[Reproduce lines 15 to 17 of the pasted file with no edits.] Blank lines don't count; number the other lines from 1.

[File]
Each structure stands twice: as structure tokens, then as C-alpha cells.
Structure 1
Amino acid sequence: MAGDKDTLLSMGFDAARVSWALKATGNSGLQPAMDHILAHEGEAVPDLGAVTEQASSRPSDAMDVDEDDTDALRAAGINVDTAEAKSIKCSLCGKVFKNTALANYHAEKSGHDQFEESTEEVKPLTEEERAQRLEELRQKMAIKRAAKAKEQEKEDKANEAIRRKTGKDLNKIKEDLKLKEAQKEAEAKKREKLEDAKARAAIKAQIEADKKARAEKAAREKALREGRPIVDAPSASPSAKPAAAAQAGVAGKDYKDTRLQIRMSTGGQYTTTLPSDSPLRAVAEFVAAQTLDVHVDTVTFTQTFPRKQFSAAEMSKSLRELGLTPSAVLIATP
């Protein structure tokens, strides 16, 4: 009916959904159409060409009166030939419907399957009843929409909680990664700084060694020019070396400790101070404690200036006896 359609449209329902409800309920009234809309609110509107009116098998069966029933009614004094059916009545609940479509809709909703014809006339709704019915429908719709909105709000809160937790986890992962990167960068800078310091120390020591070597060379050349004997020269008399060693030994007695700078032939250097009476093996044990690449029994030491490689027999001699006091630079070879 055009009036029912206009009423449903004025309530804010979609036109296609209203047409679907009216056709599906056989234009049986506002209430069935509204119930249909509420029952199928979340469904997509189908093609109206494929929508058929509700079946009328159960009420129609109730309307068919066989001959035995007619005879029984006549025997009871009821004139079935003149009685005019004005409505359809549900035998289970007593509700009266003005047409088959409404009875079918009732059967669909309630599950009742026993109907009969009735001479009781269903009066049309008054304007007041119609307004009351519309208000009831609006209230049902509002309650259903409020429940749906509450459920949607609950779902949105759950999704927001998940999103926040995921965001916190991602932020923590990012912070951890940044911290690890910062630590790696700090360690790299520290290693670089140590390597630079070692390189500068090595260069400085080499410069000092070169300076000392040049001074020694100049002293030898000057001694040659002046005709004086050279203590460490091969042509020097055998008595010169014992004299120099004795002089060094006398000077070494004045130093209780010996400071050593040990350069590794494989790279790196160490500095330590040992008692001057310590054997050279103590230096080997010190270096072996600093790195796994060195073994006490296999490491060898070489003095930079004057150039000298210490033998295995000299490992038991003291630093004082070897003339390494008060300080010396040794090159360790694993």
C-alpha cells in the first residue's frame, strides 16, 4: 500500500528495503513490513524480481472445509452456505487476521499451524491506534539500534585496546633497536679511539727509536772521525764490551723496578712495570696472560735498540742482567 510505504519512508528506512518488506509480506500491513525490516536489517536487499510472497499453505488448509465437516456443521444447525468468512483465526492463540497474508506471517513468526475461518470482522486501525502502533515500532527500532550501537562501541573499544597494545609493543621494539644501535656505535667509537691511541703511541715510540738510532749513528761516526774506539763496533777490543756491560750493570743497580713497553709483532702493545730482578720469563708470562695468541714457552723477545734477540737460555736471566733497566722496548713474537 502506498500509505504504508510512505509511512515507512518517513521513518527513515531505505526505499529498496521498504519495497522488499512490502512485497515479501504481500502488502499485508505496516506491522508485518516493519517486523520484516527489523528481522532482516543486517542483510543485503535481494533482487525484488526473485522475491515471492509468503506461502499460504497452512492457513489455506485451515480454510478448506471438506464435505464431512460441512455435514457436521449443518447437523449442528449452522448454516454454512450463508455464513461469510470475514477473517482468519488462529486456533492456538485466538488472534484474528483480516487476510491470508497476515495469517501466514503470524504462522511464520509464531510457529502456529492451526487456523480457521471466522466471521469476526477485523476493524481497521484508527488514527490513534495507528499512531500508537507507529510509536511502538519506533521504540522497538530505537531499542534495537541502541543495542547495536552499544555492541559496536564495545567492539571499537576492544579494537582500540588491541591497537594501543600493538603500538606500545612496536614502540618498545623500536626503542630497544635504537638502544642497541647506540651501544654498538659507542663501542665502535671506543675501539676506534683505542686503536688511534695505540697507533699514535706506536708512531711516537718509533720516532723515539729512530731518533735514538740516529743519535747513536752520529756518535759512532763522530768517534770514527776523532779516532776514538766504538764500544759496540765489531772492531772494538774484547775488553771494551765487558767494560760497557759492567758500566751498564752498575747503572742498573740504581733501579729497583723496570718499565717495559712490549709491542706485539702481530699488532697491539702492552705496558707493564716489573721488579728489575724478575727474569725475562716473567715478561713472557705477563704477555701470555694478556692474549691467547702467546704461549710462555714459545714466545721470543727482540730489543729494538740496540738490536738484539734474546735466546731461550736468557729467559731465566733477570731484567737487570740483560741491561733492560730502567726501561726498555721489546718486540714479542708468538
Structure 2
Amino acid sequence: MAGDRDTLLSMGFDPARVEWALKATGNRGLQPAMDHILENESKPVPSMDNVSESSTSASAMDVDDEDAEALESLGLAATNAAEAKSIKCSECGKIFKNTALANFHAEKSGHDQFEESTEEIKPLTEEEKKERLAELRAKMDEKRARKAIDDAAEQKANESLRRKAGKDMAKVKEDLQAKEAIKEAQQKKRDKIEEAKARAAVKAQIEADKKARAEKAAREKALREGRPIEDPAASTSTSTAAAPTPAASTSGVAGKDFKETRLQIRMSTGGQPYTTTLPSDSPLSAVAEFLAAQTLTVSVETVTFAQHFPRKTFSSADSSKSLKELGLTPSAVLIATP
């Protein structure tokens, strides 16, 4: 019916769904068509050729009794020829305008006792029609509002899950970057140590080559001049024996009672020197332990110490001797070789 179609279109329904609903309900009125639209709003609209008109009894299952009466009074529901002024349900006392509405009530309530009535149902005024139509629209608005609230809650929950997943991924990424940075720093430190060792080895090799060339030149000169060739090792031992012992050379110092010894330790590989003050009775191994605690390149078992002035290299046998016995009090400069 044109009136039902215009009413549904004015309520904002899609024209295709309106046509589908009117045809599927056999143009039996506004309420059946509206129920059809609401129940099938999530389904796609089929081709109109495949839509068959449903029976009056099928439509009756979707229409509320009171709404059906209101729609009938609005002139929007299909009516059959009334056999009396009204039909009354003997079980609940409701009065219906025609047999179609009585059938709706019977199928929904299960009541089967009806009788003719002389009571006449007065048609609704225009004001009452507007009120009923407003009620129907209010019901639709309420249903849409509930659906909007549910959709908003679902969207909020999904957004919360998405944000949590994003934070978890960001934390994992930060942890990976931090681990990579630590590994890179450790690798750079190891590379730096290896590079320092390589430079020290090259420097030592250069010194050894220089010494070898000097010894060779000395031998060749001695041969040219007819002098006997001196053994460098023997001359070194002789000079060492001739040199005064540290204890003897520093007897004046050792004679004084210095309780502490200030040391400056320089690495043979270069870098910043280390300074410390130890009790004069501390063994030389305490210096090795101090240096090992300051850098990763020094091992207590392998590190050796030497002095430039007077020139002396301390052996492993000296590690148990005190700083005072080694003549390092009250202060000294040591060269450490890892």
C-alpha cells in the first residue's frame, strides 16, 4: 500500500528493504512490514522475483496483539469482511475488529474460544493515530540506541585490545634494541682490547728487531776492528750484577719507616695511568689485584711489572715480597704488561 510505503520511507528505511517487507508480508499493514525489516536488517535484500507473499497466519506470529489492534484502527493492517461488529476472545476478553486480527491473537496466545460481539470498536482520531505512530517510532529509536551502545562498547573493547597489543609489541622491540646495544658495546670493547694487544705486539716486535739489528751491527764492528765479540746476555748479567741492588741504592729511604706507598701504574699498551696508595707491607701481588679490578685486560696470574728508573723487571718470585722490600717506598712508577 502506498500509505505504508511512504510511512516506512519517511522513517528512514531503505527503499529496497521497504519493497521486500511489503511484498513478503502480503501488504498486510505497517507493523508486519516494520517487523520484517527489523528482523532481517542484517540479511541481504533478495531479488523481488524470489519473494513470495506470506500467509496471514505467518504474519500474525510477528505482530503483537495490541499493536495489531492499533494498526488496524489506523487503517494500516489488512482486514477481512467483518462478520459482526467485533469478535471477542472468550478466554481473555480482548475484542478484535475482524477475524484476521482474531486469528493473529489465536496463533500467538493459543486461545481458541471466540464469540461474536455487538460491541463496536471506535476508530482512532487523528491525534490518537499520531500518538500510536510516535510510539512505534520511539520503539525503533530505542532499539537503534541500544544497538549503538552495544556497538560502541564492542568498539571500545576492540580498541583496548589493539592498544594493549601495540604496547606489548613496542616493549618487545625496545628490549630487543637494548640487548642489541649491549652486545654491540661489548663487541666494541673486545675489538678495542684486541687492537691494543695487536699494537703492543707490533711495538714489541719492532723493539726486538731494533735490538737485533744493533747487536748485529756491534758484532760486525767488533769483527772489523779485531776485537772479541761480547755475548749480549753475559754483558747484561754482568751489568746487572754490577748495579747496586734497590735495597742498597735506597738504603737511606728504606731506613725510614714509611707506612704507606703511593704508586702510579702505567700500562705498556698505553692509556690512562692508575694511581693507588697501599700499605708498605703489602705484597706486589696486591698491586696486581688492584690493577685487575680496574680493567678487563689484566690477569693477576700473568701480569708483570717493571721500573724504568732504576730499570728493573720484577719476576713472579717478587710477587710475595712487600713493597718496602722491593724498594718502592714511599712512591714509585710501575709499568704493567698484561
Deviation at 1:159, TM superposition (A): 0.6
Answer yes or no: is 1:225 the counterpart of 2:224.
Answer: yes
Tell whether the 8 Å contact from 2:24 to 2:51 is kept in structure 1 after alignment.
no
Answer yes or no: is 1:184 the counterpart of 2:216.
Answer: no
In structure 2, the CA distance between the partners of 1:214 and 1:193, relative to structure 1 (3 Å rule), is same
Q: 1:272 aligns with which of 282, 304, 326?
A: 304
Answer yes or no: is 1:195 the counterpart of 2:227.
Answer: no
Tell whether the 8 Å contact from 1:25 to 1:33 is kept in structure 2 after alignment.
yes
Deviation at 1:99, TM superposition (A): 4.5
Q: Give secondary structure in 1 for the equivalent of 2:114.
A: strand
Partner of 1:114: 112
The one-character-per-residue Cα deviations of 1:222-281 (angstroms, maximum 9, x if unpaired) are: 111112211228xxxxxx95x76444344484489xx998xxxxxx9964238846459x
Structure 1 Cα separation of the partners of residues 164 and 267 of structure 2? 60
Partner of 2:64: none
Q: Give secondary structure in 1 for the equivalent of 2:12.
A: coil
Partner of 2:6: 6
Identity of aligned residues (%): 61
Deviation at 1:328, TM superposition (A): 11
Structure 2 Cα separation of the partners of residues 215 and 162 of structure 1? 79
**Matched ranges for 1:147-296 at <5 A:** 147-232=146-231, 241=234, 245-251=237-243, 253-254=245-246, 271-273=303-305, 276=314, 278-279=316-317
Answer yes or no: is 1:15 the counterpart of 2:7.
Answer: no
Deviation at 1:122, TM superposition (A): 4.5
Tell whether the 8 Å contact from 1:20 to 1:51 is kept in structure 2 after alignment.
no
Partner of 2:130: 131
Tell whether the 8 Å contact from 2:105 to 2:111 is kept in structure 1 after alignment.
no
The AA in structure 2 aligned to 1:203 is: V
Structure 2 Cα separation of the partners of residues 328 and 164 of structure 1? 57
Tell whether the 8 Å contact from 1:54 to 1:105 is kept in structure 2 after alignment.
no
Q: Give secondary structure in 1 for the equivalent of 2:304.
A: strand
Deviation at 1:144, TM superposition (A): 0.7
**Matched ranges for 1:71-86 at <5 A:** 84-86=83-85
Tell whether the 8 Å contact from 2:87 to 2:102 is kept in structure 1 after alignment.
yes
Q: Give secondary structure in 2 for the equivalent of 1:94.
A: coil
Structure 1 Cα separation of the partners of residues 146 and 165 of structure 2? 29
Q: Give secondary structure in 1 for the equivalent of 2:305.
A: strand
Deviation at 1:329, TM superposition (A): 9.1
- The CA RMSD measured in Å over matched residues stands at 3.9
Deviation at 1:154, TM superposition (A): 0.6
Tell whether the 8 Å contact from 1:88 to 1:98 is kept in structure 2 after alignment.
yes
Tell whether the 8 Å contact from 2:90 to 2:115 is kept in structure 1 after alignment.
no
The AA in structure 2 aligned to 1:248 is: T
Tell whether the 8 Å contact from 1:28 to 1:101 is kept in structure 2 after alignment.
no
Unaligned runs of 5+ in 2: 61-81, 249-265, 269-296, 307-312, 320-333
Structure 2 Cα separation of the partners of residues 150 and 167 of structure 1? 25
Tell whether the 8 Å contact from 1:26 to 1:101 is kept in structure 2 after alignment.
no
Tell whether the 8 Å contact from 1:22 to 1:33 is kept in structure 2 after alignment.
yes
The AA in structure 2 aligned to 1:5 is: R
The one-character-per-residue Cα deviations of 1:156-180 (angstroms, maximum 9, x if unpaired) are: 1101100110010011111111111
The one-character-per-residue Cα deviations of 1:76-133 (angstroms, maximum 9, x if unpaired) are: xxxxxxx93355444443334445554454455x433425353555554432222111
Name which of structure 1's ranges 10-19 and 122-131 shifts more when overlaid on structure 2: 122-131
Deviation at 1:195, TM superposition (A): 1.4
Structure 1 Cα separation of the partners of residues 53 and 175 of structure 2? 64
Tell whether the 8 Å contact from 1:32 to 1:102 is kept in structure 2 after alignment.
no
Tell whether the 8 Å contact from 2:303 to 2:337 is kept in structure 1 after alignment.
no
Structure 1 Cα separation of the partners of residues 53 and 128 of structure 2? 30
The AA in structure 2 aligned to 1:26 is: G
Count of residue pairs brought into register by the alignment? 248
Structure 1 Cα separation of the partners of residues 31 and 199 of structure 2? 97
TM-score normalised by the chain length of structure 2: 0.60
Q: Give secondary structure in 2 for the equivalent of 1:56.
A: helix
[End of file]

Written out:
Answer yes or no: is 1:184 the counterpart of 2:216.
Answer: no
In structure 2, the CA distance between the partners of 1:214 and 1:193, relative to structure 1 (3 Å rule), is same